When I have this discussion with business leaders, they mostly tell me that they have too much work to do. They enjoy the work they do. They like working with their colleagues. They often like the organization they work with and the industry they work in. But there is just so much work to be done and they have a responsibility. It is part of their job. They desire a positive performance 'review' (more on that later). If they do not get the work done, they will be held responsible... could lose out on a work opportunity... could taint their reputation... could be fired.
Phew! That's a lot of fear going on. It's exhausting.
Add to all that - they do desire to take more breaks, to have weekends free to do the things they enjoy with the people they love, to not have so much work to do, to have the mind space to problem solve creatively, and to be more productive. But they do not see how they can do that and also have the career path they desire.
So they choose the career or business.
Sometimes they tell themselves, "This is temporary." "I will have all that I desire once I reach a certain goal." "I feel fine. I love the work. I am not unbalanced. When I feel unbalanced, I will stop working so much." But that time often doesn't come. The work piles on more and more and the leader's 'free time' becomes less and less.
So what can a business leader do?
Awareness is the first step. Taking stock of how you are working and living and realizing that you work too much (if that is the case) is the first step. Realizing the real reason for saying yes to so much will help to say no in the future - because we often say yes in order to try to control what other people think of us. Trying to control what others think of us will never make us happy or content or successful. It is a waste of your time and energy.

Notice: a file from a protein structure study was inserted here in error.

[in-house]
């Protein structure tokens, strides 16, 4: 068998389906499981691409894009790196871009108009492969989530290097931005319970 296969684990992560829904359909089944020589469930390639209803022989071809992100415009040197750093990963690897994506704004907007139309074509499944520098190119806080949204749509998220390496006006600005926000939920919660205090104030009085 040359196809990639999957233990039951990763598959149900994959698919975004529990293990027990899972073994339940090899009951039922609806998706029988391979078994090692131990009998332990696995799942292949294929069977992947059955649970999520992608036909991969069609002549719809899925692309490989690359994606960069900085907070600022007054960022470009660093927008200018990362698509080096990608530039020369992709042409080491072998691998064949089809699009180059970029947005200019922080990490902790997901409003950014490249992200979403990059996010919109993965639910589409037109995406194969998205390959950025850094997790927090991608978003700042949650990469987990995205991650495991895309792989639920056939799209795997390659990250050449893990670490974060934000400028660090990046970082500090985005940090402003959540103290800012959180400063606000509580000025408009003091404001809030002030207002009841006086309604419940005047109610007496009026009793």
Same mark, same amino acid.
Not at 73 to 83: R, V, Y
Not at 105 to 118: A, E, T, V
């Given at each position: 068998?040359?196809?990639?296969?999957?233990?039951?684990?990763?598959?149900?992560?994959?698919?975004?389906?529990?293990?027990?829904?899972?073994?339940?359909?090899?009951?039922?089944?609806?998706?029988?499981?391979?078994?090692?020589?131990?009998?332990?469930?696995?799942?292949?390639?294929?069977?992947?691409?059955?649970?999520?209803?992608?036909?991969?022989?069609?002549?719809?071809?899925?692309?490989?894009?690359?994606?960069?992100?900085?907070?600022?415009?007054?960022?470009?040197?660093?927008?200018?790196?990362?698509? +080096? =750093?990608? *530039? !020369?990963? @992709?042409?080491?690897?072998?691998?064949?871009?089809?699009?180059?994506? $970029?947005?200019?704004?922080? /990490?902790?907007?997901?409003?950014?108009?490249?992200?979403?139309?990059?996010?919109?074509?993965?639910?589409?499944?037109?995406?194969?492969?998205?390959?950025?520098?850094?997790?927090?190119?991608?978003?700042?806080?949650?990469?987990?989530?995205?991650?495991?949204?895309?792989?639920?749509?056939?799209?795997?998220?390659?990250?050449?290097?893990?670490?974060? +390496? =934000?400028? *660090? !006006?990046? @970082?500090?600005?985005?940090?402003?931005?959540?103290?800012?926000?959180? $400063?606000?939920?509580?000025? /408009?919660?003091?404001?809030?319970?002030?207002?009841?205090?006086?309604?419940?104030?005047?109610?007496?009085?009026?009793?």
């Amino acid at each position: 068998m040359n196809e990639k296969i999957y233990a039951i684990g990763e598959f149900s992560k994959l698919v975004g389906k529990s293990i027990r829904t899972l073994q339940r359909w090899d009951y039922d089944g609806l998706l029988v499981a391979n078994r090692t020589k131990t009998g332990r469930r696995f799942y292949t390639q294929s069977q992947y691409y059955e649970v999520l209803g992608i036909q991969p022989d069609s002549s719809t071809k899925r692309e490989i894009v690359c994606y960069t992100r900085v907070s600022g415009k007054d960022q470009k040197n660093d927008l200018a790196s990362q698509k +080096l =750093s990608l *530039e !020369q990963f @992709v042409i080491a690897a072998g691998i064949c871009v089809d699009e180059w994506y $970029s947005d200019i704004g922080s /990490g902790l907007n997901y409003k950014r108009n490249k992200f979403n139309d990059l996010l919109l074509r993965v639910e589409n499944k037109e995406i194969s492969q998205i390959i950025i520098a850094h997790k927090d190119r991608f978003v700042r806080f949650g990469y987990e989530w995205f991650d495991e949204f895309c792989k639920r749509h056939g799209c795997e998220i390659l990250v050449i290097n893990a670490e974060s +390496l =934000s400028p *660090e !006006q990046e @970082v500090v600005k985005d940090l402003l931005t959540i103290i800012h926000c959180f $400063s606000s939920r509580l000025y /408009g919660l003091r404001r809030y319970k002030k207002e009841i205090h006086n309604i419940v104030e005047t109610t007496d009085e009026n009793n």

Once you are aware that you are working too much to have the life you want, ask yourself these questions:
- Do I want to change?
- Why do I want to change?
- What do I not want and what do I want?
Once you have all of that done (coaching helps move through this process:), it is time to start saying no. Say no to your bosses. Say no to your colleagues. Say no to potential partnerships. Say no to employees (yes, they put the work on you too when you do not use a leadership approach to inspire, influence, and teach). Say no to committees. Say no to boards. Say no to that extra piece of work.
BUT.... only if it makes sense for you. Realizing what you do not want as well as what you do want is important in order to know if saying no makes sense for you. What you want and do not want includes the entire 'wheel of life'... so it includes things like finances, social/leisure activities, family, career/vocation, physical health, mental wellness, emotional well-being, spirituality, and physical environment.
There are times to say yes. Those times include when the request is aligned with the team/organizational vision and goals; aligned with your vision and goals; will impact something important; will use your strengths and provide an opportunity to demonstrate them; and will build relationships that align with the work and life you want.
Do not say yes to please others or because you are afraid of what they will think of you if you say no. That results in being overworked, stressed, and not only unproductive, but it could lead to errors and deteriorating relationships. It can lead to dissatisfaction and discontentment. It could lead to disengagement. If you are a leader, this will NOT result in progressing your career or business.
It is OK to work hard and even work extra hours. But if is not aligned with what you want holistically in your life and career or business, it will drain you and could lead to wellness issues or a decline in passion.
Know when to say no. Then, when you say no, you will do so with mindfulness and intention. It will not be a knee jerk reaction that may cause the person making the request to see you in a negative light. Rather, that person making the request will probably admire your integrity and leadership - and may be inspired to do the same.
Now, that's a way to progress your business and career.